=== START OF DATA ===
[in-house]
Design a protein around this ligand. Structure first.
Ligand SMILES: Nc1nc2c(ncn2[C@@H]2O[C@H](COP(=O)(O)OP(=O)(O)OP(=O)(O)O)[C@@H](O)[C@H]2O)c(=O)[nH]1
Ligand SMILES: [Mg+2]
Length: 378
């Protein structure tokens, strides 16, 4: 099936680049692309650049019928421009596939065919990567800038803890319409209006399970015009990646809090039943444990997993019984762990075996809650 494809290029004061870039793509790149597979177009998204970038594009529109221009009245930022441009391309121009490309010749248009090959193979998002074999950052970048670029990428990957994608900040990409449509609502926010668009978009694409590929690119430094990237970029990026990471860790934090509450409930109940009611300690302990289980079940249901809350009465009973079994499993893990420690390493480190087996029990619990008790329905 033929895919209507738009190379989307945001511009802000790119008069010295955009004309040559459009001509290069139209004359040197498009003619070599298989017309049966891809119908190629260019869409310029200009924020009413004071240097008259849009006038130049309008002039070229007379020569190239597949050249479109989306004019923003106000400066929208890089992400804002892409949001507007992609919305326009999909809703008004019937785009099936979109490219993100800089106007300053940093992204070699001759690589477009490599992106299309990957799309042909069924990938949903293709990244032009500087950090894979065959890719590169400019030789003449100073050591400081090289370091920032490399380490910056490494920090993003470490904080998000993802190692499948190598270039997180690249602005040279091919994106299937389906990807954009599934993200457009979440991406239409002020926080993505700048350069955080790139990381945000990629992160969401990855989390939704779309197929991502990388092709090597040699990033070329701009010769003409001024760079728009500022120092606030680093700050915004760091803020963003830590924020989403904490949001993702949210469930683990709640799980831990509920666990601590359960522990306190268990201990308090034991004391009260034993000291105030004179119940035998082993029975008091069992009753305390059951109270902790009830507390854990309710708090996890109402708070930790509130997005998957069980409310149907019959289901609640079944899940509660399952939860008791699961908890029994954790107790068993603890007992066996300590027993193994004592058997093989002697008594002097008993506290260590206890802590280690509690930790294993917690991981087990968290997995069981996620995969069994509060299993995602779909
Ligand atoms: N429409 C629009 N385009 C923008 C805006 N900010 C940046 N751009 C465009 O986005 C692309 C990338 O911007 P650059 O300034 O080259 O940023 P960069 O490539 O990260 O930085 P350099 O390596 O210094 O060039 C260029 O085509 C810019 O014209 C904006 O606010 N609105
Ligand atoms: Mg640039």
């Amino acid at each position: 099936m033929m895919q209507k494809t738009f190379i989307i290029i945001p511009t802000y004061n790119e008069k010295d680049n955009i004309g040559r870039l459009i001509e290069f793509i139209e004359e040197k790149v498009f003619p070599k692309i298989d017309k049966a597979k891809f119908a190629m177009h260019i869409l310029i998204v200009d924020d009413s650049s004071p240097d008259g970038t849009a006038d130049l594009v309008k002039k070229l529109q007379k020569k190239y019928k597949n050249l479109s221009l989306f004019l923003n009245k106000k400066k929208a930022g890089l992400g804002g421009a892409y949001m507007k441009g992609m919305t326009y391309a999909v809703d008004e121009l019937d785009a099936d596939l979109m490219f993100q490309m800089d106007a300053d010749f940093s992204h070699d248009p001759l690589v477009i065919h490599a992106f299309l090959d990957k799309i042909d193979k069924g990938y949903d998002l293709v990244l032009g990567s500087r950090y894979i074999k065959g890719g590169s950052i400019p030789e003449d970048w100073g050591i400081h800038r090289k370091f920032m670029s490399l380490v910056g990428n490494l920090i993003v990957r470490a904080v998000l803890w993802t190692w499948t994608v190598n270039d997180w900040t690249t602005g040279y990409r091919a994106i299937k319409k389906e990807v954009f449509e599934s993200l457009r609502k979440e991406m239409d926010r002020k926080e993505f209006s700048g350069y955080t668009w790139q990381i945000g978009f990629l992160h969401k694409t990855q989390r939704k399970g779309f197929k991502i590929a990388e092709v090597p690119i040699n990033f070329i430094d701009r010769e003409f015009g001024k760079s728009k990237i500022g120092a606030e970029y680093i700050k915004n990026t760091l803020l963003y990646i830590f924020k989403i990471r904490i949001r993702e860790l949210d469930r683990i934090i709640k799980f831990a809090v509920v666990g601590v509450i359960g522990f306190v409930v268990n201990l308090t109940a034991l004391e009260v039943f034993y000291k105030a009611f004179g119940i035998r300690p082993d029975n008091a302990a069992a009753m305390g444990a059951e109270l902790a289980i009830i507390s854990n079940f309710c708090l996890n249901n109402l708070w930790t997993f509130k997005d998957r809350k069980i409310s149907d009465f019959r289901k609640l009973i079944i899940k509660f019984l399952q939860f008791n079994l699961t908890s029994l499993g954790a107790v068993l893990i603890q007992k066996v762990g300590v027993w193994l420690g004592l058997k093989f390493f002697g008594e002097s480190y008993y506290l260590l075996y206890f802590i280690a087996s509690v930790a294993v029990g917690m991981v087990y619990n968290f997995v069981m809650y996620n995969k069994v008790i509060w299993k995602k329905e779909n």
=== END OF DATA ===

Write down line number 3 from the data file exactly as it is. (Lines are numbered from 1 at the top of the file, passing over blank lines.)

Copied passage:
Ligand SMILES: Nc1nc2c(ncn2[C@@H]2O[C@H](COP(=O)(O)OP(=O)(O)OP(=O)(O)O)[C@@H](O)[C@H]2O)c(=O)[nH]1